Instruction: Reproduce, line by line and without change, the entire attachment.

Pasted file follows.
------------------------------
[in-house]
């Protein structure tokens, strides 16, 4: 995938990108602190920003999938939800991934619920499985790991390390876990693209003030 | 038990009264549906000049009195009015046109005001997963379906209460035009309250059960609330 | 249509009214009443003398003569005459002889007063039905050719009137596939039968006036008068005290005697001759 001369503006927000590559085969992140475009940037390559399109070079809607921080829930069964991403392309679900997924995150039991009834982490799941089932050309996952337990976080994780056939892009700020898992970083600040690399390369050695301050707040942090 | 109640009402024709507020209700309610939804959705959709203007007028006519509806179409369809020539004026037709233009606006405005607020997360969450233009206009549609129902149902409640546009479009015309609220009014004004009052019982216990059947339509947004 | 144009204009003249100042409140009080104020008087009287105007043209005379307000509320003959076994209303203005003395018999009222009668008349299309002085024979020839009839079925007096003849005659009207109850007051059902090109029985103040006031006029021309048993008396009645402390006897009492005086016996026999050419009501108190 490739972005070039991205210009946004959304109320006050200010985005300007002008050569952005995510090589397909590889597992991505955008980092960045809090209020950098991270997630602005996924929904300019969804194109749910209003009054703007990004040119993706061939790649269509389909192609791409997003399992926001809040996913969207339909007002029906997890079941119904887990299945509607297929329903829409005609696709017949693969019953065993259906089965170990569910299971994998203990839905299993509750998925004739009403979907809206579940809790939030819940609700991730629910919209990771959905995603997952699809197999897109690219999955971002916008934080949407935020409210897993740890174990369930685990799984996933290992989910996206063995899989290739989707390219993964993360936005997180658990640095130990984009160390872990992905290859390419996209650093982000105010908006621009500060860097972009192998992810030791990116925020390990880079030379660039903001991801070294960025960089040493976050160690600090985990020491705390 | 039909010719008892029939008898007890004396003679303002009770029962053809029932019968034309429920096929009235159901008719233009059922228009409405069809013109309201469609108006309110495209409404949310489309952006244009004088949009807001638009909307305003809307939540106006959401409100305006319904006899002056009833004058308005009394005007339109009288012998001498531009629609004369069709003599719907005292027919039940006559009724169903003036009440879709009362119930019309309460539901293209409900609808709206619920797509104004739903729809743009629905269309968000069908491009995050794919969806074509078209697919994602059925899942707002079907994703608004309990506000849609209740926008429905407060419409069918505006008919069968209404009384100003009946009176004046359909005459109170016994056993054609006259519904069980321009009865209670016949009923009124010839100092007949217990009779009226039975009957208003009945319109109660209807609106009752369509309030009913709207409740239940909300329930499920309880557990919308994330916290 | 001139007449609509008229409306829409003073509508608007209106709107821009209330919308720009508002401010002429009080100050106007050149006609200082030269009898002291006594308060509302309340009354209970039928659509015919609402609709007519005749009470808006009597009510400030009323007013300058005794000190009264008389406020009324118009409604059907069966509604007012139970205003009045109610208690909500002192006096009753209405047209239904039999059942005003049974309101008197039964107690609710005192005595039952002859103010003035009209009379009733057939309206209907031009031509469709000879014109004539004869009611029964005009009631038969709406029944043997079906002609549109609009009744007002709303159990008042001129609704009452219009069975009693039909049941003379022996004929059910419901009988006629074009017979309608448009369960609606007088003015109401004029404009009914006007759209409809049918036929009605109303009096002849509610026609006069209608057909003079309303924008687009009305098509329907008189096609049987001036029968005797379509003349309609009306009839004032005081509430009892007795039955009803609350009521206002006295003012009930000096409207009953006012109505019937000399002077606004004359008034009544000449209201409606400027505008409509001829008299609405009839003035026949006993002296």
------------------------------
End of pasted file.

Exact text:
[in-house]
């Protein structure tokens, strides 16, 4: 995938990108602190920003999938939800991934619920499985790991390390876990693209003030 | 038990009264549906000049009195009015046109005001997963379906209460035009309250059960609330 | 249509009214009443003398003569005459002889007063039905050719009137596939039968006036008068005290005697001759 001369503006927000590559085969992140475009940037390559399109070079809607921080829930069964991403392309679900997924995150039991009834982490799941089932050309996952337990976080994780056939892009700020898992970083600040690399390369050695301050707040942090 | 109640009402024709507020209700309610939804959705959709203007007028006519509806179409369809020539004026037709233009606006405005607020997360969450233009206009549609129902149902409640546009479009015309609220009014004004009052019982216990059947339509947004 | 144009204009003249100042409140009080104020008087009287105007043209005379307000509320003959076994209303203005003395018999009222009668008349299309002085024979020839009839079925007096003849005659009207109850007051059902090109029985103040006031006029021309048993008396009645402390006897009492005086016996026999050419009501108190 490739972005070039991205210009946004959304109320006050200010985005300007002008050569952005995510090589397909590889597992991505955008980092960045809090209020950098991270997630602005996924929904300019969804194109749910209003009054703007990004040119993706061939790649269509389909192609791409997003399992926001809040996913969207339909007002029906997890079941119904887990299945509607297929329903829409005609696709017949693969019953065993259906089965170990569910299971994998203990839905299993509750998925004739009403979907809206579940809790939030819940609700991730629910919209990771959905995603997952699809197999897109690219999955971002916008934080949407935020409210897993740890174990369930685990799984996933290992989910996206063995899989290739989707390219993964993360936005997180658990640095130990984009160390872990992905290859390419996209650093982000105010908006621009500060860097972009192998992810030791990116925020390990880079030379660039903001991801070294960025960089040493976050160690600090985990020491705390 | 039909010719008892029939008898007890004396003679303002009770029962053809029932019968034309429920096929009235159901008719233009059922228009409405069809013109309201469609108006309110495209409404949310489309952006244009004088949009807001638009909307305003809307939540106006959401409100305006319904006899002056009833004058308005009394005007339109009288012998001498531009629609004369069709003599719907005292027919039940006559009724169903003036009440879709009362119930019309309460539901293209409900609808709206619920797509104004739903729809743009629905269309968000069908491009995050794919969806074509078209697919994602059925899942707002079907994703608004309990506000849609209740926008429905407060419409069918505006008919069968209404009384100003009946009176004046359909005459109170016994056993054609006259519904069980321009009865209670016949009923009124010839100092007949217990009779009226039975009957208003009945319109109660209807609106009752369509309030009913709207409740239940909300329930499920309880557990919308994330916290 | 001139007449609509008229409306829409003073509508608007209106709107821009209330919308720009508002401010002429009080100050106007050149006609200082030269009898002291006594308060509302309340009354209970039928659509015919609402609709007519005749009470808006009597009510400030009323007013300058005794000190009264008389406020009324118009409604059907069966509604007012139970205003009045109610208690909500002192006096009753209405047209239904039999059942005003049974309101008197039964107690609710005192005595039952002859103010003035009209009379009733057939309206209907031009031509469709000879014109004539004869009611029964005009009631038969709406029944043997079906002609549109609009009744007002709303159990008042001129609704009452219009069975009693039909049941003379022996004929059910419901009988006629074009017979309608448009369960609606007088003015109401004029404009009914006007759209409809049918036929009605109303009096002849509610026609006069209608057909003079309303924008687009009305098509329907008189096609049987001036029968005797379509003349309609009306009839004032005081509430009892007795039955009803609350009521206002006295003012009930000096409207009953006012109505019937000399002077606004004359008034009544000449209201409606400027505008409509001829008299609405009839003035026949006993002296």